Stop us if you've heard this one before! Microsoft has once again been alluding to PlayStation's dominance in the market as a reason why regulators shouldn't be worried about Xbox's acquisition of Activision Blizzard.
Speaking at the big European Commission hearing this week, Microsoft president Brad Smith threw around some figures about the difference between Xbox and PlayStation in various regions, and even brought out a pie chart!
Here's a bit of what Smith had to say, courtesy of GamesIndustry.biz:
"Think about the market in Europe. It is a market where Sony has an 80% share. Globally, it is about 70/30. In Japan, it is 96/4. These numbers have been remarkably steady for two decades. Even last year, when there were issues with Sony's supply chain, they came back strong."
Of course, the idea here is to try and convince regulators that the acquisition of Activision Blizzard wouldn't have a detrimental effect on the industry. Smith also pointed out yesterday that Xbox has a much bigger presence on PlayStation than PlayStation has on Xbox - the quotes below are courtesy of Tom Warren on Twitter:
"Microsoft has 58 games already running on PlayStation, Sony only has 2 running on Xbox. We've said that if this acquisition goes through, we're happy to make sure that there's a #59 with Call of Duty and no doubt others."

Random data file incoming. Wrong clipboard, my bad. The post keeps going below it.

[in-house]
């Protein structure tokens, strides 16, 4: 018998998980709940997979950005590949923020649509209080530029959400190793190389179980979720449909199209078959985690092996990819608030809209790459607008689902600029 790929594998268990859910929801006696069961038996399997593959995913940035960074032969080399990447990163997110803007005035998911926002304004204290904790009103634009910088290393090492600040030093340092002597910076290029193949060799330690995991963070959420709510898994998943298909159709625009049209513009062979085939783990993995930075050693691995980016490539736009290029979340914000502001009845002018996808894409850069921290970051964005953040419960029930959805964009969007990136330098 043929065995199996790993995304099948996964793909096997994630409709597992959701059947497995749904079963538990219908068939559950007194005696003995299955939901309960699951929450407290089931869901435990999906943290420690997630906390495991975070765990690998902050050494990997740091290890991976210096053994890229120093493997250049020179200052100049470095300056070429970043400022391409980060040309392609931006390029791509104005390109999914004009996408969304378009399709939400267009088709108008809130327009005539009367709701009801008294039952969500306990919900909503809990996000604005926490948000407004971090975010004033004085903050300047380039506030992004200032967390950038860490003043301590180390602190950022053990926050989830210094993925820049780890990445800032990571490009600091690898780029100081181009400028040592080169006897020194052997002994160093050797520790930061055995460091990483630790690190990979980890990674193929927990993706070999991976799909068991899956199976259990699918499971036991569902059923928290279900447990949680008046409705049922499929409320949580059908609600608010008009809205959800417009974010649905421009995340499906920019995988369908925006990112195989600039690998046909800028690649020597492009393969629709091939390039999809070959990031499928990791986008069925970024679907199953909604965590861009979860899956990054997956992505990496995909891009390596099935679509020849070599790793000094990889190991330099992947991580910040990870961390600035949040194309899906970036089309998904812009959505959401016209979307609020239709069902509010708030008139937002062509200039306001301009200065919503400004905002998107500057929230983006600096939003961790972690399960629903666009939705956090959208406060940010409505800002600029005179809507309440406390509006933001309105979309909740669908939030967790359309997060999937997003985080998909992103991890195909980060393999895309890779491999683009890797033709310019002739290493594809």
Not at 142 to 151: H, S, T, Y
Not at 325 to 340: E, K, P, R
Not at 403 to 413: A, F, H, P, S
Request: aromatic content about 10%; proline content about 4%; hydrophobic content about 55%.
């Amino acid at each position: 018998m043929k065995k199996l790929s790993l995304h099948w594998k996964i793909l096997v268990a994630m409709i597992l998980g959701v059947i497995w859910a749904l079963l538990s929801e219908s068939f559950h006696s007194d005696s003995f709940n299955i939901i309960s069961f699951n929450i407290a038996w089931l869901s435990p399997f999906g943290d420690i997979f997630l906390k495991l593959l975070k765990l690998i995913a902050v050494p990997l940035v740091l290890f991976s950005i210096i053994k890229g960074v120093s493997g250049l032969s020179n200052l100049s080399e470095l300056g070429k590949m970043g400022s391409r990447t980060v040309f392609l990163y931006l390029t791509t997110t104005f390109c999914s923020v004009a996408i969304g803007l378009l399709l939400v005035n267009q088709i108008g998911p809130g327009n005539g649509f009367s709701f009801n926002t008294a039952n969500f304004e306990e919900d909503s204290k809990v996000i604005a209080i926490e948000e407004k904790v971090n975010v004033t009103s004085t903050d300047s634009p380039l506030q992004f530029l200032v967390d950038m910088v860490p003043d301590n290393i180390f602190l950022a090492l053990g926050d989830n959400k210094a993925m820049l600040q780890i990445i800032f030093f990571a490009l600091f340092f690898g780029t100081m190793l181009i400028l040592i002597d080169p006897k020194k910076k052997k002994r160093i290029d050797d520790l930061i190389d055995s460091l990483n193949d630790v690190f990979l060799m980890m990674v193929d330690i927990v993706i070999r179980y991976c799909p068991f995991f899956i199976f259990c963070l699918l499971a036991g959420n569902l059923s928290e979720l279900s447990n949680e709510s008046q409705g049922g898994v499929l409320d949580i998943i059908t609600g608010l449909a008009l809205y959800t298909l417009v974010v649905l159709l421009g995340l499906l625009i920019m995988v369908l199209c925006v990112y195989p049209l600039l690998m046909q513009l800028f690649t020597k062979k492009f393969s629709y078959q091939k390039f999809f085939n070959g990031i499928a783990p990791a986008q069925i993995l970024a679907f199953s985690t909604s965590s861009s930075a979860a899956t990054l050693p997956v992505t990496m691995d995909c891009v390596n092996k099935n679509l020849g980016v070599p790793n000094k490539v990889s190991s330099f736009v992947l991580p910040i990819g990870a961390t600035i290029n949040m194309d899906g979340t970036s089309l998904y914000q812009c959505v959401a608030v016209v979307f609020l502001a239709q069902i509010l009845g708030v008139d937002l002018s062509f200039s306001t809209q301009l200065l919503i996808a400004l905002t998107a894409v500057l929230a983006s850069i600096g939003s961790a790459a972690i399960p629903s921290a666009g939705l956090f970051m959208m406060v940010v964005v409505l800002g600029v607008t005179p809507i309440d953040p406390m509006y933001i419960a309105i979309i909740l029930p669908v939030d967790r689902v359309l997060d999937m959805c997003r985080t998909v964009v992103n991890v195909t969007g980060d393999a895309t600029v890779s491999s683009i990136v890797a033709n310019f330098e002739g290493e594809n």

"Sony has 286 exclusive titles, and Microsoft only has 59 on Xbox. Mostly what you see is a cross-platform strategy for Microsoft even before this deal. Now as we look to the future, we believe the future is even more cross-platform than it has been in the past."
Meanwhile, Activision Blizzard CCO Lulu Cheng Meservey was grabbing some attention of her own with swipes at Sony on Twitter, suggesting the company is "trying to undermine the deal to protect its two-decade dominance in gaming."
In particular, the following tweet racked up a lot of views:
It's all kicking off again, then! Even despite the meeting yesterday, Sony has still refused to sign Microsoft's proposed 10-year deal to keep Call of Duty on PlayStation, but Microsoft's Brad Smith remains a hopeful a deal can be agreed.
"We haven't agreed a deal with Sony, but I hope we will."
"I hope today is a day that will advance our industry and regulation in a responsible way."